The step routines could also include warm-up, cool-down, stretching and calisthenics exercises such as push-ups, dips, sit-ups, ups,leg stretches, heel stretches, leg raises, calf stretches and toe raises. The step routines could also include various type of equipment, such as elastic bands, pull-up pulleys/cords or cables, weights, dumbbells, shafts, ankle/wrist weights, etc.
The invention could be practiced by using steps of equal or differing height. Where two or more steps are used with each being placed directly on the floor, the user could step up and down from one step then to the other. Alternatively the user could step with each foot on a different step. The user could also step on one step with one or both feet and then cross over with one or both feet to the other step without first stepping on the floor. The steps could be used for warm-up exercises with dips or push-ups with one limb (hand or foot) on or against different steps while the user lays on the floor.
It is to be understood that as used herein the terms "step" or "stepping" are meant to include more vigorous forms of stepping, such as hopping or jumping.
It is also to be understood that although the various steps are illustrated as being of generally rectangular shape with outwardly sloping side walls, the invention could be practiced with other shapes and with vertical side walls.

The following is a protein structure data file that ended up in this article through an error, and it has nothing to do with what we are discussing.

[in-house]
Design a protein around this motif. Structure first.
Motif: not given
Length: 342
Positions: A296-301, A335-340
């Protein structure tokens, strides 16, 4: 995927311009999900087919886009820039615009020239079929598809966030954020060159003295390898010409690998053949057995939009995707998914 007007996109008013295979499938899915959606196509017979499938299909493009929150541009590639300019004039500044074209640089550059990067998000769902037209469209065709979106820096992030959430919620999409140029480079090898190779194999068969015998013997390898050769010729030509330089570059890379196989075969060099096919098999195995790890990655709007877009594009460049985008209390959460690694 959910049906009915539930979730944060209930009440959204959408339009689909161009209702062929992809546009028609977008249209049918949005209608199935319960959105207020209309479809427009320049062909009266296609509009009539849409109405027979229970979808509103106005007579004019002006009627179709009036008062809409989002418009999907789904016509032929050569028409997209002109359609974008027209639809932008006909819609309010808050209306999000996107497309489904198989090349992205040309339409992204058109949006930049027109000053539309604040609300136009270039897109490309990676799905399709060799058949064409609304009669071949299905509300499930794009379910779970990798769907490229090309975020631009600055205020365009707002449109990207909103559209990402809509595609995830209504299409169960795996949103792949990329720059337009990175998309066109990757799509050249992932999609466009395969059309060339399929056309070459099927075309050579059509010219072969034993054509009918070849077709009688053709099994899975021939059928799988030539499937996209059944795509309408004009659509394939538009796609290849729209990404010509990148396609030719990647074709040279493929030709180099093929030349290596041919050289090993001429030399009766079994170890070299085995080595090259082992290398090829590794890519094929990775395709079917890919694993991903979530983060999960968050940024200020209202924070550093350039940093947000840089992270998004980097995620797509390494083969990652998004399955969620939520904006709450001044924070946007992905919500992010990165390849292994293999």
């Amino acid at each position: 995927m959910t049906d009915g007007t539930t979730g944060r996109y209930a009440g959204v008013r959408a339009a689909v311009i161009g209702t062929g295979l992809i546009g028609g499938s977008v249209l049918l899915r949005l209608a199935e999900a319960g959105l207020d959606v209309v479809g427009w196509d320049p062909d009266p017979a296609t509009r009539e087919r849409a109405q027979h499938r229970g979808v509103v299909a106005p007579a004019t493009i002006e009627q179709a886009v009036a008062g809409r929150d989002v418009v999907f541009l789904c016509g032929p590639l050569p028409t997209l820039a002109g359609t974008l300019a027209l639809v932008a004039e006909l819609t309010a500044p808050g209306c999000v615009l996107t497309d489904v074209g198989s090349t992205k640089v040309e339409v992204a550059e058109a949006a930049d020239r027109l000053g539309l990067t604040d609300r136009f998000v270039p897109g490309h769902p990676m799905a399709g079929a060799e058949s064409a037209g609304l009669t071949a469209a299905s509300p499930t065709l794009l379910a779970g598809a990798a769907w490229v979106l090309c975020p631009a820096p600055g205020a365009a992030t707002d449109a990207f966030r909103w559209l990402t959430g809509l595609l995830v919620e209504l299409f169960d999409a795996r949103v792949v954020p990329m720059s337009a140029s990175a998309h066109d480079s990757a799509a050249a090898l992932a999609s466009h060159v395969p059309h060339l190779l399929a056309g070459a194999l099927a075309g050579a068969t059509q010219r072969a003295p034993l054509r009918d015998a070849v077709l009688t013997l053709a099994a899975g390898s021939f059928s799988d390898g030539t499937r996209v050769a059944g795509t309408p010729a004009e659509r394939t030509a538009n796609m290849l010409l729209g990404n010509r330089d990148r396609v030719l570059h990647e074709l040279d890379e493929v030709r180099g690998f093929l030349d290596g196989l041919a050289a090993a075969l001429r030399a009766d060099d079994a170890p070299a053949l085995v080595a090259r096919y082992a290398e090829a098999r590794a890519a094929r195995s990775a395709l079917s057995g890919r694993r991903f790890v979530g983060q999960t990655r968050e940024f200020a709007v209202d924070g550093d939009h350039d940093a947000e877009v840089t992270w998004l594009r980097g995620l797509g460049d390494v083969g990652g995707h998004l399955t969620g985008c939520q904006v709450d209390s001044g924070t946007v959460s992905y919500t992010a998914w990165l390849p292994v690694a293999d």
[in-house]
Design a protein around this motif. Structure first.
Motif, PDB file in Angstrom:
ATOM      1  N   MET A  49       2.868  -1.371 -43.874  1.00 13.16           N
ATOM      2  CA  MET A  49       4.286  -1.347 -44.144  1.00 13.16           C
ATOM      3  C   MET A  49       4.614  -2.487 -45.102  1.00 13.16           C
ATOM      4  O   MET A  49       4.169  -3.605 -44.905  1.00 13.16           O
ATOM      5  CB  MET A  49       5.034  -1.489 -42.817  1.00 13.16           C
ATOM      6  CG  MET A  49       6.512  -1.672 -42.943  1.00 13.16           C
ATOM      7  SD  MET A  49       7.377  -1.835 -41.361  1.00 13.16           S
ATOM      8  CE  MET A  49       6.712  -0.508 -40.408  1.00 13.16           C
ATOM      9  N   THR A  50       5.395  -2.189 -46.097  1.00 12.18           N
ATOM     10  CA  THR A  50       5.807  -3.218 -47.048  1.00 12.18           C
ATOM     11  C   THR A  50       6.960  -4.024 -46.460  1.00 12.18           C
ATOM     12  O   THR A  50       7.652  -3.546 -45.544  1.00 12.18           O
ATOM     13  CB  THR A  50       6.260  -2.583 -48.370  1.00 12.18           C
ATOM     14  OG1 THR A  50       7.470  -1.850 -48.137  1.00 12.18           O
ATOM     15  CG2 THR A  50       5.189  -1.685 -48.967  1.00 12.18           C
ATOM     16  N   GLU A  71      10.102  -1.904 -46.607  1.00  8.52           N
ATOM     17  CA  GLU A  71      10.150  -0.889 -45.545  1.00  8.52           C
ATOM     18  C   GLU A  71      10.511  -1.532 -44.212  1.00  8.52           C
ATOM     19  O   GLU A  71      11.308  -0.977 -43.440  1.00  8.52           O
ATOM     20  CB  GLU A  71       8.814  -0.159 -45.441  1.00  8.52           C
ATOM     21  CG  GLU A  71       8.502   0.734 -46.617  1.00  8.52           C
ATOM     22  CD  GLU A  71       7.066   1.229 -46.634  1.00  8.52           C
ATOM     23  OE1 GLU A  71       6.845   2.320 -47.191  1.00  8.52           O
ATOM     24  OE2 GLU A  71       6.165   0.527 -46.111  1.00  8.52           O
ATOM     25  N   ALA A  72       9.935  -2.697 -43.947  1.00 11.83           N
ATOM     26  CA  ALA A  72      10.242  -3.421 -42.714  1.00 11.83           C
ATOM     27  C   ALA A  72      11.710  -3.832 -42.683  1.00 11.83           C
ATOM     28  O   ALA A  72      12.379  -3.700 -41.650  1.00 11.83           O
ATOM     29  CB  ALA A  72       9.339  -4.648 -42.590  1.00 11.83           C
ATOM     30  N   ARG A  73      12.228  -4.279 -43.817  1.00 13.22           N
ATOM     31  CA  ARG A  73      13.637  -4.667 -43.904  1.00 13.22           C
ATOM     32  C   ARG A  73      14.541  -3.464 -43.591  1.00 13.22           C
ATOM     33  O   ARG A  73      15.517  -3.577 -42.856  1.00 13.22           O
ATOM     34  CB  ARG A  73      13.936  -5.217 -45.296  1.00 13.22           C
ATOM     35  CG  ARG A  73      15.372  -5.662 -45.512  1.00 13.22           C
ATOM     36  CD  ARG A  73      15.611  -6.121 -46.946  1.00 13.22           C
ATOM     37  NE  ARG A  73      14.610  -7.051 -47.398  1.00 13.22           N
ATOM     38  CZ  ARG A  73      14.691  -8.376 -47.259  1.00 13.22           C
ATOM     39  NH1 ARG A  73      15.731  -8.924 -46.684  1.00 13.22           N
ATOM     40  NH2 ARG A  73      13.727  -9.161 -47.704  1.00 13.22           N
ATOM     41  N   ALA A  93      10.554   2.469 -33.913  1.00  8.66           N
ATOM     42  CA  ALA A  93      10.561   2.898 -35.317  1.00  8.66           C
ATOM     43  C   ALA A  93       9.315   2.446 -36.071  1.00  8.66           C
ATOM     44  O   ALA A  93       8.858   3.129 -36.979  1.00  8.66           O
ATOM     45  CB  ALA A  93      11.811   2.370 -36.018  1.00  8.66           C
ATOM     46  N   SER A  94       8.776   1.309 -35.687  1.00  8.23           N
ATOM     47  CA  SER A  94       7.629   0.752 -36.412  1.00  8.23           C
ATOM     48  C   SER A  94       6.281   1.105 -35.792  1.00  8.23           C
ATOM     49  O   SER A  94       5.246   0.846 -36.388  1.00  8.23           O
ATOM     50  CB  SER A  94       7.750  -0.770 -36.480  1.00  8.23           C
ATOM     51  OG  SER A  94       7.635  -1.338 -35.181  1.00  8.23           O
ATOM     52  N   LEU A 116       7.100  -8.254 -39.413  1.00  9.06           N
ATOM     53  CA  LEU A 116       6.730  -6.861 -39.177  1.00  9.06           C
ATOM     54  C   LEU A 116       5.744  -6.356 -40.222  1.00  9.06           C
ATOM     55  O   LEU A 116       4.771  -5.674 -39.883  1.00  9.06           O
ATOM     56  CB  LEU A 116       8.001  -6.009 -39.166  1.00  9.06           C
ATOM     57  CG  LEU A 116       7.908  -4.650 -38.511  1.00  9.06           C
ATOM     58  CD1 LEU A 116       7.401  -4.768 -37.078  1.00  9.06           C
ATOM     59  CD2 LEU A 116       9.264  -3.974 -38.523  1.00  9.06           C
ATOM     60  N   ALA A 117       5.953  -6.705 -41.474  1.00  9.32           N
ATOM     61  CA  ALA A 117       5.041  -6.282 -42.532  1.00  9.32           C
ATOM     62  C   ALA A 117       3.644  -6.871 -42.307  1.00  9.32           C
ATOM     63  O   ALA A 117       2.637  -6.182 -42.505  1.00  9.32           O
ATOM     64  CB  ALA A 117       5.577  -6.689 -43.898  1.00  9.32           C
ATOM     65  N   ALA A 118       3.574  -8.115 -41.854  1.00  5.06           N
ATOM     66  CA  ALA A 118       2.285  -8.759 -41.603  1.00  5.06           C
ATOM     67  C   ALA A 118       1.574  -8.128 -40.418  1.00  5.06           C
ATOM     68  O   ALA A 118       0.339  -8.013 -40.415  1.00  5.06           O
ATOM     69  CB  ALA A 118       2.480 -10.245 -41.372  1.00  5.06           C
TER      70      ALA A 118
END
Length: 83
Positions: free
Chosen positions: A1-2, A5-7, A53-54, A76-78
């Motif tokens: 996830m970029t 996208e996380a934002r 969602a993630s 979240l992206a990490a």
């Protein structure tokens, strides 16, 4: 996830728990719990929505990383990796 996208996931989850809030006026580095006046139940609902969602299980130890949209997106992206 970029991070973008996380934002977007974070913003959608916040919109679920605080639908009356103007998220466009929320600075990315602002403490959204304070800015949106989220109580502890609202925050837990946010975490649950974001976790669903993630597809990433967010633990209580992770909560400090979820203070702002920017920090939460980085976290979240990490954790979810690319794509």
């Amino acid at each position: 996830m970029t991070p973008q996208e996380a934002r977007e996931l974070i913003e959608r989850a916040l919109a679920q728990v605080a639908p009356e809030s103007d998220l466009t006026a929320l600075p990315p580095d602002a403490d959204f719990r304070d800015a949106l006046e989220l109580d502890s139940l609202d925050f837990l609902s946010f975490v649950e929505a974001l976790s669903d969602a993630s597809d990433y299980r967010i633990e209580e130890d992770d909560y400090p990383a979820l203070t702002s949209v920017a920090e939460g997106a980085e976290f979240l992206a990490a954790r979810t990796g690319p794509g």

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|Citing Patent||Filing date||Publication date||Applicant||Title|
|US6524355 *||Apr 4, 2000||Feb 25, 2003||Thomas Jenkins||Exercise device|
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|U.S. Classification||482/52, 482/51, 482/148|
|International Classification||B21D28/34, A63B23/00, B26F1/14, B23D35/00, A63B23/04, A47C3/20|
|Cooperative Classification||B23D35/008, A63B2210/50, A47C3/20, B21D28/34, B26F1/14, A63B2225/093, A63B23/0458|
|European Classification||B23D35/00E, B21D28/34, B26F1/14, A47C3/20, A63B23/04B6|
|Aug 9, 1999||FPAY||Fee payment|
Year of fee payment: 4
|Dec 6, 1999||AS||Assignment|
|Nov 19, 2003||REMI||Maintenance fee reminder mailed|
|Nov 20, 2003||REMI||Maintenance fee reminder mailed|
|Apr 27, 2004||FPAY||Fee payment|
Year of fee payment: 8
|Apr 27, 2004||SULP||Surcharge for late payment|
Year of fee payment: 7
|Nov 5, 2007||REMI||Maintenance fee reminder mailed|
|Apr 30, 2008||LAPS||Lapse for failure to pay maintenance fees|
|Jun 17, 2008||FP||Expired due to failure to pay maintenance fee|
Effective date: 20080430